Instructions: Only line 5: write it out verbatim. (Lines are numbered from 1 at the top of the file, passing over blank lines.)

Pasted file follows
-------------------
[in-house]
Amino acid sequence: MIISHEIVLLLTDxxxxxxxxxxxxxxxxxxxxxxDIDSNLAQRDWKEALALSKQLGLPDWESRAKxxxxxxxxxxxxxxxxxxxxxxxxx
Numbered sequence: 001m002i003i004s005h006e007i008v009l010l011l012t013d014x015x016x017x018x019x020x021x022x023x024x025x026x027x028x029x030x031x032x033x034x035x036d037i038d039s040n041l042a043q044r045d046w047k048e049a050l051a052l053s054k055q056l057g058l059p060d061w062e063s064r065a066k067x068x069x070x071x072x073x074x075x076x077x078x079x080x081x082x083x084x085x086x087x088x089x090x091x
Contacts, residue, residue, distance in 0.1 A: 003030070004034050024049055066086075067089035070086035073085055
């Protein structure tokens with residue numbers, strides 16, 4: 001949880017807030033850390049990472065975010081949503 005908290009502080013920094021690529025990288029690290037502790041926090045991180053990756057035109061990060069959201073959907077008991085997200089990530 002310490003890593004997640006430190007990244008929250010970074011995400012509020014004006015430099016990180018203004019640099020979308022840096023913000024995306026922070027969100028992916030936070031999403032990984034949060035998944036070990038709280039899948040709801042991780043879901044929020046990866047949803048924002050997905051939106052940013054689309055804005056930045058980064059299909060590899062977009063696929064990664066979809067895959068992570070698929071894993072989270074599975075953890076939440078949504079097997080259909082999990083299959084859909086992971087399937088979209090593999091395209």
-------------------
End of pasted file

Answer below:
């Protein structure tokens with residue numbers, strides 16, 4: 001949880017807030033850390049990472065975010081949503 005908290009502080013920094021690529025990288029690290037502790041926090045991180053990756057035109061990060069959201073959907077008991085997200089990530 002310490003890593004997640006430190007990244008929250010970074011995400012509020014004006015430099016990180018203004019640099020979308022840096023913000024995306026922070027969100028992916030936070031999403032990984034949060035998944036070990038709280039899948040709801042991780043879901044929020046990866047949803048924002050997905051939106052940013054689309055804005056930045058980064059299909060590899062977009063696929064990664066979809067895959068992570070698929071894993072989270074599975075953890076939440078949504079097997080259909082999990083299959084859909086992971087399937088979209090593999091395209």